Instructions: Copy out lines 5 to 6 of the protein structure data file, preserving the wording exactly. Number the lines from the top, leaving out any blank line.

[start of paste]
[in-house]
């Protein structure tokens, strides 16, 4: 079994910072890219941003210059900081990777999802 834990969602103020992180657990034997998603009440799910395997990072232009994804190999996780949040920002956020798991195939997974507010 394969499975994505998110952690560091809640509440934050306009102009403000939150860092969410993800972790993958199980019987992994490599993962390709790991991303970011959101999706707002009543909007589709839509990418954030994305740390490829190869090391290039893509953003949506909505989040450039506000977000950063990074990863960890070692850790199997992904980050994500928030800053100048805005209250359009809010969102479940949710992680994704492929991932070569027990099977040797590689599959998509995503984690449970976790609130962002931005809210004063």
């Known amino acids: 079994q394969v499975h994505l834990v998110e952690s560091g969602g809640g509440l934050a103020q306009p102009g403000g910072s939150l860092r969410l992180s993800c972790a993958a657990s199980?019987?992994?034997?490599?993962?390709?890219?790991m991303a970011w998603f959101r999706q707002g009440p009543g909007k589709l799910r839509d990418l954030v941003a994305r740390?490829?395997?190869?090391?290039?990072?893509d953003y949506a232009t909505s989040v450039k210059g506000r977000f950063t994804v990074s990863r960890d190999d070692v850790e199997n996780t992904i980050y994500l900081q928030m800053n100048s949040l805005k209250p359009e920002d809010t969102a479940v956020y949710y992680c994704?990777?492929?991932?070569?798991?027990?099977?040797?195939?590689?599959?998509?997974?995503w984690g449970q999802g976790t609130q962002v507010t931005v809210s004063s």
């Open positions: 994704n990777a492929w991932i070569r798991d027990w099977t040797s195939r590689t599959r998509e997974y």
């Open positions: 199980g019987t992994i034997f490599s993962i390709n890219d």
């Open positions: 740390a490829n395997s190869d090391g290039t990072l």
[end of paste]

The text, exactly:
């Open positions: 199980g019987t992994i034997f490599s993962i390709n890219d």
């Open positions: 740390a490829n395997s190869d090391g290039t990072l």